Food news antipasto

After 18 long years, it has finally happened – chef René Redzepi and his restaurant Noma have received a third Michelin star. In an Instagram post, the restaurant said “We want to thank our wonderful guests for their support over the last 18 years and a huge shout of course to all our collaborators—farmers, winemakers, foragers—everyone that’s been a part of our giant puzzle, and most of all our team both past and present.”

Happy 20th anniversary to our favorite online bean source, Rancho Gordo. The Napa Valley purveyor, led by ‘bean king’ Steve Sando, has created a sea change in how people approach dried legumes by focusing on quality and reviving heirloom varieties. This San Francisco Chronicle article provides Sando’s tips on cooking beans plus links to other articles about Rancho Gordo’s influence.

One consequence from the ongoing natural gas shortage in the UK may affect the traditional Christmas turkey. Poultry processors rely on carbon dioxide for humane slaughter, for extending shelf life of products, and for refrigeration purposes. Carbon dioxide is a byproduct of fertilizer production, and the closure of two fertilizer plants due to the gas shortage will reduce the amount of CO2 available. Add to this an ongoing worker shortage and it could mean bare shelves come this December. It’s all good, though, because merchants can sell produce by the ounce again, instead of strictly using metric weights.

You may have heard the old trope that the use of spices came about because people wanted to mask the odor of spoiled food. That is a myth, according to food historians. A recent Twitter thread spelled out the origins of this concept and the reasons this myth has persisted over the centuries.

The Oxford Cultural Collective has announced the shortlist of candidates for the biennial Yan-Kit So Award, which “enables aspiring food writers to fulfil their dreams to research, travel and create original work about any aspect of Asian food.” Keep an eye out for future works from the candidates: Anna Ansari, Cara Bleiman, Noby Leong, Maria Garbutt-Lucero, Emma Diniz Ryan, and Chau-Jean Lin. Fuchsia Dunlop is one of the judges for the award.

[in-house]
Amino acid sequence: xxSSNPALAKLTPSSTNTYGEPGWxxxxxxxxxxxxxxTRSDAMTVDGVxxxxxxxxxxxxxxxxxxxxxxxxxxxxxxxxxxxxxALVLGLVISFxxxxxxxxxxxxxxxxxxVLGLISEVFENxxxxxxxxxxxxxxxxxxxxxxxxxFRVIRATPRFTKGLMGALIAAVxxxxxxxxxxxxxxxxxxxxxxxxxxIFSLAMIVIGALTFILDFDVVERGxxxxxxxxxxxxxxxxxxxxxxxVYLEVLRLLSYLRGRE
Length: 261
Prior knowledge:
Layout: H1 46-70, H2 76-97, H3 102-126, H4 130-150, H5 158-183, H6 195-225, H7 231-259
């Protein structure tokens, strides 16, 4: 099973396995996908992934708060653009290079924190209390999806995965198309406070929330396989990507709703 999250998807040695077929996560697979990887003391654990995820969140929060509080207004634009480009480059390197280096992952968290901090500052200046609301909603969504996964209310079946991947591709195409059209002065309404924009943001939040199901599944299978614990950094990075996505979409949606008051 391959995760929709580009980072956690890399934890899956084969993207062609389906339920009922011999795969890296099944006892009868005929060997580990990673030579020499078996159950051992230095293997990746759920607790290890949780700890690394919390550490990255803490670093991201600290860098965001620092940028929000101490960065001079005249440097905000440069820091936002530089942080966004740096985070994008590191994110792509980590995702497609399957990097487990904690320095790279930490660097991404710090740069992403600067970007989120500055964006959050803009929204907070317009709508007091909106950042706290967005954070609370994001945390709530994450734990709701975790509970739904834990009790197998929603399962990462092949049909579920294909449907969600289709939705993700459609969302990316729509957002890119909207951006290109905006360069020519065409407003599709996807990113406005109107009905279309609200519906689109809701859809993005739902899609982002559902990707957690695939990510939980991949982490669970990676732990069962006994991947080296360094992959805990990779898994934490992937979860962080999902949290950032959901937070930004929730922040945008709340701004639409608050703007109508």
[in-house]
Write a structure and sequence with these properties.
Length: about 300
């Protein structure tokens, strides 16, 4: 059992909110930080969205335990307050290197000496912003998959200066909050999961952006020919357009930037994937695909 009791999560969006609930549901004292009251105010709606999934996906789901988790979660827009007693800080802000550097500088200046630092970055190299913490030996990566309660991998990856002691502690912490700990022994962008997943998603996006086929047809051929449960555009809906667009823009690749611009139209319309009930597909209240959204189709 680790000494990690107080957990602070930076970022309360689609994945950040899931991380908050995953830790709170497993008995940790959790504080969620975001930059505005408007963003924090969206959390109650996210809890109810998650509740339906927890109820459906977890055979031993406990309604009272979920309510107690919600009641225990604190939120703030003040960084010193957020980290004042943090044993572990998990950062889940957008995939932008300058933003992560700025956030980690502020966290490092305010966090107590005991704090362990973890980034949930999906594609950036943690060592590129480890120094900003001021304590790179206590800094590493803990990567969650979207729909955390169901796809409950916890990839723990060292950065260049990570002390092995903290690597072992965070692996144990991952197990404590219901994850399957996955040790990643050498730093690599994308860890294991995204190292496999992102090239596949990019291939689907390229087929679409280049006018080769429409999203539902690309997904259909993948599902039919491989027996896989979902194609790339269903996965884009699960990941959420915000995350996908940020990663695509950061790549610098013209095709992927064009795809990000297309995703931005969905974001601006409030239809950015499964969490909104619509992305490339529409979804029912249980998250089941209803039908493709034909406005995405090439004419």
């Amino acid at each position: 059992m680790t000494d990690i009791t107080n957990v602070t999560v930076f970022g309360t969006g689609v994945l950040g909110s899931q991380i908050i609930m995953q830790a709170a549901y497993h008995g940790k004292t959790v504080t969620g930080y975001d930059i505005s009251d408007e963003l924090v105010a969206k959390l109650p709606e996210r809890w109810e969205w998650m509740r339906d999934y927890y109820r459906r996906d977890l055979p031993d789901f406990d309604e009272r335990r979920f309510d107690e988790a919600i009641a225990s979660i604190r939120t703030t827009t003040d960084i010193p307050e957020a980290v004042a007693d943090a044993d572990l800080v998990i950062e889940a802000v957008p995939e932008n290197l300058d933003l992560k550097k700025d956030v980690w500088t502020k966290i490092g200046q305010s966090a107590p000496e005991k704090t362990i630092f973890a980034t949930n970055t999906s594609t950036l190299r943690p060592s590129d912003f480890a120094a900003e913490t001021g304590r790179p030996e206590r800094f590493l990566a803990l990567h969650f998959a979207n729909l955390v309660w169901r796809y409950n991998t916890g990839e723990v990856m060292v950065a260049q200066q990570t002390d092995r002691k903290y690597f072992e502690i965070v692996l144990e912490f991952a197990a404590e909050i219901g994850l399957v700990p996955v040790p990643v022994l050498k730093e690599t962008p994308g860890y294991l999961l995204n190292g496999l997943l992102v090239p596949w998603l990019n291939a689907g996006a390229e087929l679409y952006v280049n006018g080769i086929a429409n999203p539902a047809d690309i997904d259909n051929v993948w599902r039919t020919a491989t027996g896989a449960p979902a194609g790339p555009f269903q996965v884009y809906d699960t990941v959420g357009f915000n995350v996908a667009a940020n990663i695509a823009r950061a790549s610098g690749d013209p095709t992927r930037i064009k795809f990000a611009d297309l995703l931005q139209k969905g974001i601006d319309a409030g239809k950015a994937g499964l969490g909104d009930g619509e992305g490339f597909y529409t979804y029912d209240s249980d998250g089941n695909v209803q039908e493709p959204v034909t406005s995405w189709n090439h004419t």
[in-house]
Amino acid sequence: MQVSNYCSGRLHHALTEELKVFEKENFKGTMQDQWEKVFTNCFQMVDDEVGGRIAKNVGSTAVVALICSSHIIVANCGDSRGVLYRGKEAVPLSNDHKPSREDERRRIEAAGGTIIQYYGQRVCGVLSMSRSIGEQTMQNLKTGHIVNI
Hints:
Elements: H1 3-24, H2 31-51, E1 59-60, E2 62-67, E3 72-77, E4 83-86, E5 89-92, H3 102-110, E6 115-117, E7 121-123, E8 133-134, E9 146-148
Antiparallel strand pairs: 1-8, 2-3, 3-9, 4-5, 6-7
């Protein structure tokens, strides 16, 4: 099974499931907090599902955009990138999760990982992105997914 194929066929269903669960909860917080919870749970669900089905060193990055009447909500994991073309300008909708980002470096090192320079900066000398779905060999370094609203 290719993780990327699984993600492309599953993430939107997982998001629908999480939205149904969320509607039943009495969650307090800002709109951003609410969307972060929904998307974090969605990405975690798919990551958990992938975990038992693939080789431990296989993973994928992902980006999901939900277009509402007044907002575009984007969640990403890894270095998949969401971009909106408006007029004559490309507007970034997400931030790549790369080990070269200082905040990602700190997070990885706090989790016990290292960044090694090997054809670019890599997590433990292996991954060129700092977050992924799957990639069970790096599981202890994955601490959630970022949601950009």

Chef Kwame Onwuachi (formerly of Washington, DC’s Kith/Kin) will host the 2021 James Beard Awards in Chicago on 27 September. This awards program is significantly different from those of years past. The event’s “Stories of Resilience and Leadership” theme replaces the traditional restaurant and chef awards, which were canceled last year due in part to the pandemic and also in part to ongoing issues with representation and diversity in the awards. 

Keeping up with food trends can be exhausting. Some are fads that arrive with a splash but fade without so much as a whimper (Dalgona coffee, anyone?) Others amplify niche foods that have been enjoyed for centuries but are not widely known, which is the case with tiger nuts. These are neither derived from tigers nor are they nuts – so what are they, and why are people suddenly interested in this ancient crop? Tiger nuts are tiny tubers, like potatoes or yams, that thrive in tropical climates and are a nutritional powerhouse, containing plenty of fiber plus potassium, calcium, iron, vitamin E, and magnesium. Tiger nuts have a nutty taste with hints of almond and pecan.

Last week I was the fortunate recipient of a large basket of grapes, gifted from a friend who has a prolific grapevine on her property. I made grape jam and enjoyed snacking on them right off the vine. However, by week’s end I still had several bunches that were starting to become wrinkly. What to do with these past their prime grapes? The Guardian’s Tom Hunt has the answer: slow roasting, which elevates these sad looking orbs into a “delicacy worthy of a fine dinner party.”

Speaking of The Guardian, the current issue of The Guardian Weekend is the last edition of the supplement, which has been published for over three decades. The newspaper announced last year that it would be closing its weekend supplements due to the impacts on the paper from Covid-19. Going out in a blaze of glory, this last edition features profiles of the entire Ottolenghi test kitchen crew.

This week’s cooking tip comes to us from Epicurious. It’s from last year, but it is appropriate as those of us in the Northern Hemisphere head into fall baking season. The tip involves an easily found ingredient that you might overlook but that professional bakers swear by: powdered milk. Whether full fat or nonfat, powdered milk can add flavor and texture to baked goods from breads to cookies to brownies and just about everything in between.

Photo of How to cook the perfect roast turkey and gravy from The Guardian Feast Supplement by Felicity Cloake.

Jenny note: Since the holidays are approaching, I came across a free download from Williams-Sooma yesterday. It is a 15 page workbook for planning your menu and more. It would work for any celebration.

Post a comment

One Comment

  • readingtragic  on  September 22, 2021

    The SFC article about Rancho Gordo sounds good, but as a non subscriber, I can’t read it, and as a non US resident, I can’t subscribe even if I want to 🙁

Seen anything interesting? Let us know & we'll share it!